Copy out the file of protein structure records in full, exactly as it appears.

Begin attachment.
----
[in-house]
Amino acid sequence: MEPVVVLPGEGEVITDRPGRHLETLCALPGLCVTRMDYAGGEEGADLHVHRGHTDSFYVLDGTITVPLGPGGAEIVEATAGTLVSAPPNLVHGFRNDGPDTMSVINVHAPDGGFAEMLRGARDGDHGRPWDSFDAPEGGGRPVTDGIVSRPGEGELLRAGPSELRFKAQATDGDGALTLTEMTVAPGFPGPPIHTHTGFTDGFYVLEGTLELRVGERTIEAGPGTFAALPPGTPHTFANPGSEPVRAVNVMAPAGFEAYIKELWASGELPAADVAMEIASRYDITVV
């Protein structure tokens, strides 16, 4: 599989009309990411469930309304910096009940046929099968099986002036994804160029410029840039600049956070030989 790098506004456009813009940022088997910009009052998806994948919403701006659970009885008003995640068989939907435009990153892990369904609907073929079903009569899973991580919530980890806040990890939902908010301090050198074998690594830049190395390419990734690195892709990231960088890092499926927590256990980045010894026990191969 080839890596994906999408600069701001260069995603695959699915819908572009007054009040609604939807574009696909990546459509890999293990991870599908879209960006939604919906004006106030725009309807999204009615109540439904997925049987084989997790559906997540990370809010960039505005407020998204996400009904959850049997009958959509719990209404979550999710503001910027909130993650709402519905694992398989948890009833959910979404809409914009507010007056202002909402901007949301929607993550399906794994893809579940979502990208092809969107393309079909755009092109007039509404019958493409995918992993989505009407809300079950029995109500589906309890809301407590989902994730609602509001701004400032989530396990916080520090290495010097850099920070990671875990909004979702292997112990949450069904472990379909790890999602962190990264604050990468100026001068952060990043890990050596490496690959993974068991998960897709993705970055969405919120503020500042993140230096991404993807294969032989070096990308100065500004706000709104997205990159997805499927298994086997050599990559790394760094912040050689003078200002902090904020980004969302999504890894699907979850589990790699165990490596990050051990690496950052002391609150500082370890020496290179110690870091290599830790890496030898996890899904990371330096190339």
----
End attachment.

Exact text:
[in-house]
Amino acid sequence: MEPVVVLPGEGEVITDRPGRHLETLCALPGLCVTRMDYAGGEEGADLHVHRGHTDSFYVLDGTITVPLGPGGAEIVEATAGTLVSAPPNLVHGFRNDGPDTMSVINVHAPDGGFAEMLRGARDGDHGRPWDSFDAPEGGGRPVTDGIVSRPGEGELLRAGPSELRFKAQATDGDGALTLTEMTVAPGFPGPPIHTHTGFTDGFYVLEGTLELRVGERTIEAGPGTFAALPPGTPHTFANPGSEPVRAVNVMAPAGFEAYIKELWASGELPAADVAMEIASRYDITVV
């Protein structure tokens, strides 16, 4: 599989009309990411469930309304910096009940046929099968099986002036994804160029410029840039600049956070030989 790098506004456009813009940022088997910009009052998806994948919403701006659970009885008003995640068989939907435009990153892990369904609907073929079903009569899973991580919530980890806040990890939902908010301090050198074998690594830049190395390419990734690195892709990231960088890092499926927590256990980045010894026990191969 080839890596994906999408600069701001260069995603695959699915819908572009007054009040609604939807574009696909990546459509890999293990991870599908879209960006939604919906004006106030725009309807999204009615109540439904997925049987084989997790559906997540990370809010960039505005407020998204996400009904959850049997009958959509719990209404979550999710503001910027909130993650709402519905694992398989948890009833959910979404809409914009507010007056202002909402901007949301929607993550399906794994893809579940979502990208092809969107393309079909755009092109007039509404019958493409995918992993989505009407809300079950029995109500589906309890809301407590989902994730609602509001701004400032989530396990916080520090290495010097850099920070990671875990909004979702292997112990949450069904472990379909790890999602962190990264604050990468100026001068952060990043890990050596490496690959993974068991998960897709993705970055969405919120503020500042993140230096991404993807294969032989070096990308100065500004706000709104997205990159997805499927298994086997050599990559790394760094912040050689003078200002902090904020980004969302999504890894699907979850589990790699165990490596990050051990690496950052002391609150500082370890020496290179110690870091290599830790890496030898996890899904990371330096190339």